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Enhanced Detectability of Added Value in Limited-Area Model Results Separated into Different Spatial Scales

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  • 1 Institute for Coastal Research, GKSS Research Centre, Geesthacht, Germany
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Abstract

Regional climate models (RCMs) are a widely used tool to describe regional-scale climate variability and change. However, the added value provided by such models is not well explored so far, and claims have been made that RCMs have little utility. Here, it is demonstrated that RCMs are indeed returning significant added value. Employing appropriate spatial filters, the scale-dependent skill of a state-of-the-art RCM (with and without nudging of large scales) is examined by comparing its skill with that of the global reanalyses driving the RCM. This skill is measured by pattern correlation coefficients of the global reanalyses or the RCM simulation and, as a reference, of an operational regional weather analysis. For the spatially smooth variable air pressure the RCM improves this aspect of the simulation for the medium scales if the RCM is driven with large-scale constraints, but not for the large scales. For the regionally more structured quantity near-surface temperature the added value is more obvious. The simulation of medium-scale 2-m temperature anomaly fields amounts to an increase of the mean pattern correlation coefficient up to 30%.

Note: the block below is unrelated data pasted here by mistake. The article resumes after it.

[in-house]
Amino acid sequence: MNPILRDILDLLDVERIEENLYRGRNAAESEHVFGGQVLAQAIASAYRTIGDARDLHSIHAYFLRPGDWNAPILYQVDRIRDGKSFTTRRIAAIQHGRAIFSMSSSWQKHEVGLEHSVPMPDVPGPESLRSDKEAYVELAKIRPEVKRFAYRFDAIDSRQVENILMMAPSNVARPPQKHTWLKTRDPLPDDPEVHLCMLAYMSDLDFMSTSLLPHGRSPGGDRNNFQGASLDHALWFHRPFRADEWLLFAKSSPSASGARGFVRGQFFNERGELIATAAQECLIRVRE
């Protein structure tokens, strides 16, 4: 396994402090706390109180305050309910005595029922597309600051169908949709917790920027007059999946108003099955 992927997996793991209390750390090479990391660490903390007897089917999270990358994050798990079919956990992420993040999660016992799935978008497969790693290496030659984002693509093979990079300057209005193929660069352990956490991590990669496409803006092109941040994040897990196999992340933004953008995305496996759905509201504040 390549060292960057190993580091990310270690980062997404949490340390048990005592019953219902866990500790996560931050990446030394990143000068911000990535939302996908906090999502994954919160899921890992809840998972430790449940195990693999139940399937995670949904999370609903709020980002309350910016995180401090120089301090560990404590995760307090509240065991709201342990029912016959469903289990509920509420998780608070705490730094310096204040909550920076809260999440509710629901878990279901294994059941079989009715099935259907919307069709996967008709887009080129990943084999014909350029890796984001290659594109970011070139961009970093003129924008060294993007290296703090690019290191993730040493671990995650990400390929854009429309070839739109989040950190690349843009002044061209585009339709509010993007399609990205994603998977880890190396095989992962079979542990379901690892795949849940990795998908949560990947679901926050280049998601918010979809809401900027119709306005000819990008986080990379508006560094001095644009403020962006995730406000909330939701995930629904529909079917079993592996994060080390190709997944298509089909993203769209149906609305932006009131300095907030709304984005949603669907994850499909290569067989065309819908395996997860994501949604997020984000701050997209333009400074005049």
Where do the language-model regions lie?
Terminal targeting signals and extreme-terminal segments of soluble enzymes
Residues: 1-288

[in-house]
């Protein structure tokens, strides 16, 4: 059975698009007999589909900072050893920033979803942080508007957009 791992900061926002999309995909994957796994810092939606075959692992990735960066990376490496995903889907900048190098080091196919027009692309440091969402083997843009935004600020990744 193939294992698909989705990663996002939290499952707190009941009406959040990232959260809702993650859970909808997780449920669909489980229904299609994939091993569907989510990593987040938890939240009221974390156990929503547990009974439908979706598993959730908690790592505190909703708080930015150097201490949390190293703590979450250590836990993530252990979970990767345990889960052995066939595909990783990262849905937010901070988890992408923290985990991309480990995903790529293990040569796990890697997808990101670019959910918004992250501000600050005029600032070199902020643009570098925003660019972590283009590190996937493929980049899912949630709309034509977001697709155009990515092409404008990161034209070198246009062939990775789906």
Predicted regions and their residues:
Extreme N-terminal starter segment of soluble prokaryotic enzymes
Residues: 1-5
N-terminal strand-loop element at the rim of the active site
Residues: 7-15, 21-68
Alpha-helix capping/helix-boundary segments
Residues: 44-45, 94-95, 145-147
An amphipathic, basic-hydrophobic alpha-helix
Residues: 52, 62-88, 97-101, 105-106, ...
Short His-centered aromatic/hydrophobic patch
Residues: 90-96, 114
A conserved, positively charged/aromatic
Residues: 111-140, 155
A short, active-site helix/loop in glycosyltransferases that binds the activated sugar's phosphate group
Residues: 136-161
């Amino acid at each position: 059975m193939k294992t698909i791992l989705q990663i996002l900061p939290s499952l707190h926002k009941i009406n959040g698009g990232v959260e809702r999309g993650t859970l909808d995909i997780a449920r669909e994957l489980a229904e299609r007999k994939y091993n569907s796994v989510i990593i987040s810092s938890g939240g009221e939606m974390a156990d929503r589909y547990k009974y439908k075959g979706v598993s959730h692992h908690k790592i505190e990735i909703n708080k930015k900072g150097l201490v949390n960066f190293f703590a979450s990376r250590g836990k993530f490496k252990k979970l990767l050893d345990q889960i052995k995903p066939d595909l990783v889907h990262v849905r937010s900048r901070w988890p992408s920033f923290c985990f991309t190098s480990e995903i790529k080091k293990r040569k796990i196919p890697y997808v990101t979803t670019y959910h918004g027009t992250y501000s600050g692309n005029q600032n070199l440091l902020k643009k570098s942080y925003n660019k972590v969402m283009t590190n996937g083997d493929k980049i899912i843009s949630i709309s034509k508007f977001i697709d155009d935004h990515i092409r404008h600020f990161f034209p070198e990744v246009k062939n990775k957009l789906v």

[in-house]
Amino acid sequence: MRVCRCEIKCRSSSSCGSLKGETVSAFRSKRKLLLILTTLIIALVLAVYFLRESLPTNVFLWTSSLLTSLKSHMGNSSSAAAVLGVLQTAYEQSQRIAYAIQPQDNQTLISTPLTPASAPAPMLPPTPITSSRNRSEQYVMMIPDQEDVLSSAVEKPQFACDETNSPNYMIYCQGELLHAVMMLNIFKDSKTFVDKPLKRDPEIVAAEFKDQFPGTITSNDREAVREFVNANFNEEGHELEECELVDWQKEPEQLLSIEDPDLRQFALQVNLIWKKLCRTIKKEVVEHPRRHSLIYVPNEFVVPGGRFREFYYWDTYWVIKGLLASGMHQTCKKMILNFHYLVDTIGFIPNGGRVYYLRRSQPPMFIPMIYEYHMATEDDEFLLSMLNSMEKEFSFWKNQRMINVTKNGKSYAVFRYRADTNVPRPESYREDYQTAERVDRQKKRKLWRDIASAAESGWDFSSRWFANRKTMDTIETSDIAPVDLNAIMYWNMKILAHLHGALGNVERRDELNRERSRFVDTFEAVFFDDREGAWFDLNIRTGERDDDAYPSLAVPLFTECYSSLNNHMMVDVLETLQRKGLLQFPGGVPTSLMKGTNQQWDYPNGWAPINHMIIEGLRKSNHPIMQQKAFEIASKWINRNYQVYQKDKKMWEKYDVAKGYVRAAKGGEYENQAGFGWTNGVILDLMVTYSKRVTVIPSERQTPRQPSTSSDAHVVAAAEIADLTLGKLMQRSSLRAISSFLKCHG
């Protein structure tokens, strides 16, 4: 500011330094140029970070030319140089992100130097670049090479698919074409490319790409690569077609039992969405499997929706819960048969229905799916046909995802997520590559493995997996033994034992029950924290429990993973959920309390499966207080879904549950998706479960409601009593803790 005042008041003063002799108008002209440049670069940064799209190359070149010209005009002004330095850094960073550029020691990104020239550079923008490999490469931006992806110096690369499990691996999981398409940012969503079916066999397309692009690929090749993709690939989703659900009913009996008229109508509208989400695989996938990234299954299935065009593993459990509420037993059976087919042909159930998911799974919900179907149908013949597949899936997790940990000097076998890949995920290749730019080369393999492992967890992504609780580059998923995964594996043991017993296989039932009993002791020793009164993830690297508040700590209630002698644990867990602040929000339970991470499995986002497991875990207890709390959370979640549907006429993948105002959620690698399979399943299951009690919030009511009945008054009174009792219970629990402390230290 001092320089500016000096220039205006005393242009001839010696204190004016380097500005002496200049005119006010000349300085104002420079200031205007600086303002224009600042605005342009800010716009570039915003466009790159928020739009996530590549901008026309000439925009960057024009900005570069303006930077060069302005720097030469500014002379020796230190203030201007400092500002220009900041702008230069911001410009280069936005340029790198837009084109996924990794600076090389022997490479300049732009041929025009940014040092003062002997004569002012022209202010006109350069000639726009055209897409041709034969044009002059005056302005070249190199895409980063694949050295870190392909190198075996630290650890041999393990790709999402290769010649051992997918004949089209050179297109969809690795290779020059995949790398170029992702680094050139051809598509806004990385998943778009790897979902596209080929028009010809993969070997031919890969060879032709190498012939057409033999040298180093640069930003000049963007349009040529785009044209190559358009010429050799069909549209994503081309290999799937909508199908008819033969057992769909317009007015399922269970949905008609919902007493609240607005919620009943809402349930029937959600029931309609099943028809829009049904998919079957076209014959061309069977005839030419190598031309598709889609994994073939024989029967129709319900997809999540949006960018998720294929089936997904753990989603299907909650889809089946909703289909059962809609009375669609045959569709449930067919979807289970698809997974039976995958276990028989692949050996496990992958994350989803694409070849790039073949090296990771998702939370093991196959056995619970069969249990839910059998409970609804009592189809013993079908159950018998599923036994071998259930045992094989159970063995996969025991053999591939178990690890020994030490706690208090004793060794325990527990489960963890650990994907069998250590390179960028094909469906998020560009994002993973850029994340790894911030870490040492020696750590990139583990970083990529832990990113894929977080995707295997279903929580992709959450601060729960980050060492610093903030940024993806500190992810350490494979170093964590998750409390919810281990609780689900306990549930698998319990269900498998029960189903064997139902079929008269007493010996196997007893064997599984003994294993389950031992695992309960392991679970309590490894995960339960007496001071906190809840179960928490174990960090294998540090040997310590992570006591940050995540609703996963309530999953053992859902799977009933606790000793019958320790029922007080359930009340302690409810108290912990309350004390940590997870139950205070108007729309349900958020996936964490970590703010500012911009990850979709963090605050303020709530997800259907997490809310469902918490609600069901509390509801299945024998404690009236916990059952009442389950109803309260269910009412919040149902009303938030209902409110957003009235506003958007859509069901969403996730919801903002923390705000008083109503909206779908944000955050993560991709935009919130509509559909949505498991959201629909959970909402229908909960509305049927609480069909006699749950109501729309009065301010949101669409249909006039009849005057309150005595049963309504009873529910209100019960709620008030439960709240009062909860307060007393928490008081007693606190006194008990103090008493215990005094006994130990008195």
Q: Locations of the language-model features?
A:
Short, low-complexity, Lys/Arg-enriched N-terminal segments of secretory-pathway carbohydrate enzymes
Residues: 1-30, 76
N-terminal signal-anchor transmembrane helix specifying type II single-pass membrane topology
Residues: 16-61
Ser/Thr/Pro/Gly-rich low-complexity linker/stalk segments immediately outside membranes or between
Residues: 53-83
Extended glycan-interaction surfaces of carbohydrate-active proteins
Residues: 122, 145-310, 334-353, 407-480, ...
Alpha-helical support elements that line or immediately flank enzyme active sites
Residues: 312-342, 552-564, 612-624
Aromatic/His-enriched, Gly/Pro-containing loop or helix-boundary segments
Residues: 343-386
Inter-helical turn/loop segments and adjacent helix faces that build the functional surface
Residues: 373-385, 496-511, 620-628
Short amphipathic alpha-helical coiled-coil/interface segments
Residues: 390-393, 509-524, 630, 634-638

Corresponding author address: Dr. Frauke Feser, Institute for Coastal Research, GKSS Research Centre, Max-Planck-Str. 1, 21502 Geesthacht, Germany. Email: feser@gkss.de

Abstract

Regional climate models (RCMs) are a widely used tool to describe regional-scale climate variability and change. However, the added value provided by such models is not well explored so far, and claims have been made that RCMs have little utility. Here, it is demonstrated that RCMs are indeed returning significant added value. Employing appropriate spatial filters, the scale-dependent skill of a state-of-the-art RCM (with and without nudging of large scales) is examined by comparing its skill with that of the global reanalyses driving the RCM. This skill is measured by pattern correlation coefficients of the global reanalyses or the RCM simulation and, as a reference, of an operational regional weather analysis. For the spatially smooth variable air pressure the RCM improves this aspect of the simulation for the medium scales if the RCM is driven with large-scale constraints, but not for the large scales. For the regionally more structured quantity near-surface temperature the added value is more obvious. The simulation of medium-scale 2-m temperature anomaly fields amounts to an increase of the mean pattern correlation coefficient up to 30%.

Corresponding author address: Dr. Frauke Feser, Institute for Coastal Research, GKSS Research Centre, Max-Planck-Str. 1, 21502 Geesthacht, Germany. Email: feser@gkss.de

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